By Tony Akleh
August 4 Beirut Port blast piled on new misery for Lebanese already reeling from the coronavirus and an economic crisis
Today at 6:08pm local time marks a month since the most destructive single incident in Lebanon’s history, and the grieving country is still living under the shock of the massive explosion at Beirut.
The enormity of the human and material losses that afflicted Lebanon is gradually unfolding. The overall damage caused by the explosion is in the range of $3.8-4.6 billion, while the economic losses are estimated to be between $2.9-3.5 billion. As a result, total damages and losses exceed $8 billion, according to the latest estimates by the World Bank.
On August 4, a massive explosion in the Port of Beirut rocked the city, killing 200 people, wounding more than 6,500, and displacing around 300,000. The detonations destroyed the country’s largest port, one of the busiest in the Middle East and most of Lebanon’s grain reserves.
The city’s dense residential and commercial areas were severely damaged within 5km of the site of the explosion. Search-and-rescue efforts were launched immediately after the explosion, which have transitioned to humanitarian and early recovery efforts.
Judicial interrogations, led to the arrest of 25 suspects in connection with the explosion of 2,700 tons of ammonium nitrate stored in a warehouse at the port.
The judicial investigator into the Beirut Port explosion, Judge Fadi Sawwan, questioned Lebanon’s outgoing Prime Minister Hassan Diab on Thursday, the first cabinet official to be involved.
Exactly a month since the massive blast, a pulsing signal was detected under the rubble of a building on Thursday, leading to the search for survivors and giving hope to people who followed the news on television, wishing for a miracle.
Beyond the human tragedy, the economic impact of the explosion is notable at the national level despite its geographical concentration, reflecting the prominence of economic activity in the affected areas, particularly in commerce, real estate and tourism - the Port of Beirut is the main entry/exit point for the small economy, channeling 68 percent of the country's total external trade.
The social sectors - housing and culture - are the most affected, enduring substantial damage totaling between $1.9–2.3 billion and $1–1.2 billion, respectively. Tourism, and commerce and industry has also suffered with damages between $170–205 million and $105–125 million respectively while damage to infrastructure is estimated at between $280–345 million, according to the Beirut Rapid Disaster Needs Assessment report issued by the World Bank.
The disaster is estimated to result in declines in real GDP growth rates of up to 0.4 and 0.6 percentage points in 2020 and 2021, respectively, due to loss of physical capital stock while import constraints could subtract an additional 0.4 and 1.3 percent from growth in 2020 and 2021, respectively.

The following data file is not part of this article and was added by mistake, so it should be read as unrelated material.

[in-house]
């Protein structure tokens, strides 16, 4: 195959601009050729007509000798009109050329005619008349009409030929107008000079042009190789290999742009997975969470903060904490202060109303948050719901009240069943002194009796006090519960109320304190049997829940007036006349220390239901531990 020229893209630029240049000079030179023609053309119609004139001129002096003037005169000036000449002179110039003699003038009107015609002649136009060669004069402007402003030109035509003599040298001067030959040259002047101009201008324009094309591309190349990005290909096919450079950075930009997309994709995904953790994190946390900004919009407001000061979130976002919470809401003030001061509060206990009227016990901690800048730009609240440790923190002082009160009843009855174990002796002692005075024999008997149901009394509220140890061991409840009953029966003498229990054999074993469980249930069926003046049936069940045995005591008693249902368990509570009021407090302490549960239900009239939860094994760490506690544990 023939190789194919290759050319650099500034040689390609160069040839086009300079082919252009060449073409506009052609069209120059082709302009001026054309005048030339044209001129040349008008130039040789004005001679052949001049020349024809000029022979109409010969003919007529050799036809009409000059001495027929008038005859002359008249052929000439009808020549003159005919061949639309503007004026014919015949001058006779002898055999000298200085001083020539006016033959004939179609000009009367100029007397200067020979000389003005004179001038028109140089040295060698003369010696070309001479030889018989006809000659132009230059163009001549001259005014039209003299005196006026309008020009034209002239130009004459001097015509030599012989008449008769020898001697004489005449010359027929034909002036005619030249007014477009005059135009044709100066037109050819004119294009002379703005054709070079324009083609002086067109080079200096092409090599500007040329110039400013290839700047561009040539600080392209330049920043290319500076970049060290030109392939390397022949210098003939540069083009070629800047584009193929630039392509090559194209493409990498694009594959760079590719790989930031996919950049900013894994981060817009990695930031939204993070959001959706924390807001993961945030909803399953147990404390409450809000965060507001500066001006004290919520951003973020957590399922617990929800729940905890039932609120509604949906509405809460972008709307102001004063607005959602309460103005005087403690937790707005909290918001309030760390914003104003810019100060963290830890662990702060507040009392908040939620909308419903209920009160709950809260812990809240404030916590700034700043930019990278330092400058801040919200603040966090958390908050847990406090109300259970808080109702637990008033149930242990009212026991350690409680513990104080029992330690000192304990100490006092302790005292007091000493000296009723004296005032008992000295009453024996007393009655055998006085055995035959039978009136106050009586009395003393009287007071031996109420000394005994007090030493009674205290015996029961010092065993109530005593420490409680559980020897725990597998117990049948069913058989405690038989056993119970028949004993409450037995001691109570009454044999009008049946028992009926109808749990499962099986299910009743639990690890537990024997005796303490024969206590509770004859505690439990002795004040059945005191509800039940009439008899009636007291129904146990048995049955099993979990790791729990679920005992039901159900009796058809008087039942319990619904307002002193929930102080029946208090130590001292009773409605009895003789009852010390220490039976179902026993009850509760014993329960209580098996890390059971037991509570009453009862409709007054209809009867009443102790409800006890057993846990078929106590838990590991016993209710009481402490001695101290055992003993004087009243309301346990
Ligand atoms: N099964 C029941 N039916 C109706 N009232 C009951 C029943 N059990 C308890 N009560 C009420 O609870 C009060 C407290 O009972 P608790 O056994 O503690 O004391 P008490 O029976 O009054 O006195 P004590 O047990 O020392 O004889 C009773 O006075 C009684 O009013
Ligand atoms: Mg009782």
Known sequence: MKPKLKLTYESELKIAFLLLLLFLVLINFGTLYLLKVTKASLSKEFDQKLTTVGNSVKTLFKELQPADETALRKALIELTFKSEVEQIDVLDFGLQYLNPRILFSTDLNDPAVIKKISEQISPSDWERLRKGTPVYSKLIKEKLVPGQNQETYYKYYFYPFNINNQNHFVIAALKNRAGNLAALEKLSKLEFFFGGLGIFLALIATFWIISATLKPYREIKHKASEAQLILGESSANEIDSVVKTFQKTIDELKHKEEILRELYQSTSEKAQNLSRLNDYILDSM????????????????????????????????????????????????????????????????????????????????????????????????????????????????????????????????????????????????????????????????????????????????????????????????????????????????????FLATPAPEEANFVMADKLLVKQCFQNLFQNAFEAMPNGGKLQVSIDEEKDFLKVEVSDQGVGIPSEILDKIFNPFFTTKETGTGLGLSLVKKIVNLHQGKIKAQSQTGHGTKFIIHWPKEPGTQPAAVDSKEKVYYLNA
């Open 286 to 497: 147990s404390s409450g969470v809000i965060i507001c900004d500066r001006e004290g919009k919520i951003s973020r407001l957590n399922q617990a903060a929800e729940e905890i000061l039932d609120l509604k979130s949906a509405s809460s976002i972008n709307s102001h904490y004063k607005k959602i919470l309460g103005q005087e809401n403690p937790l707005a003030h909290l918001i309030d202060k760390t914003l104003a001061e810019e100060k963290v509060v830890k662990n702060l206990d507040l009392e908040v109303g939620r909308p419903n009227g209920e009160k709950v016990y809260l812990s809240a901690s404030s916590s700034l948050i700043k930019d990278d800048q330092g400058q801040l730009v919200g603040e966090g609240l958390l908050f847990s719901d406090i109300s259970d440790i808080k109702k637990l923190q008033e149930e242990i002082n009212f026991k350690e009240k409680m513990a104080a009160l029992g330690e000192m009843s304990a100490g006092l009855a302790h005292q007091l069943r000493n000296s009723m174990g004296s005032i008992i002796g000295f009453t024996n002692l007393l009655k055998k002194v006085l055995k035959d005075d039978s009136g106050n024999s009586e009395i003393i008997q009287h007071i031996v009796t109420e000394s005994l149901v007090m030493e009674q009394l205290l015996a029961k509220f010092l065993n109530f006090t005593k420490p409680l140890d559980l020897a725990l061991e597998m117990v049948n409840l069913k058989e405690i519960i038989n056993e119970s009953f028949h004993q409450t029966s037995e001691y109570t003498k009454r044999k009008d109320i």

These impacts are beyond the double-digit contraction in real GDP growth stemming from the pre-existing economic and financial crisis and Covid-19 effects.
The explosion is expected to cause further output loss due to discontinued economic activity, resulting in physical damage to the country's main port and to Beirut's busy retail and commercial centres.
Increased incidence of poverty are being reported due to direct loss of livelihood, the decline in aggregate output, higher inflation rates, loss in quantity and quality of essential services and deteriorating social indicators (especially health and education).
A significant loss in government revenues, dragged down by falling VAT revenues and custom taxes and fees, is also expected.
Because imports are constrained, an increase in the transaction costs of external trade is also expected which will push up the cost of imports and domestic inflation, further impoverishing the Lebanese who are already reeling from very high inflation rates, sovereign default, and the broader economic crisis.
The public sector reconstruction and recovery needs for 2020-2021 are estimated at up to $2.2 billion, with at least $605 million needed by the end of this year while housing reconstruction needs are estimated at up to $265 million.
Analysts say Lebanon needs, with the assistance of the international community, to establish appropriate institutional and implementation arrangements, based on good governance and transparency, for an effective reconstruction approach.
French President Emmanuel Macron vowed in his second visit to Beirut in the space of weeks to push toward a new political pact to reshape the country’s government and implement the necessary reforms to unlock the international aid to Lebanon.
A new government headed by Mustapha Adib is expected to be formed within 10 days to implement the reforms, in accordance with the promise made by the heads of the parliamentary blocs to the French President.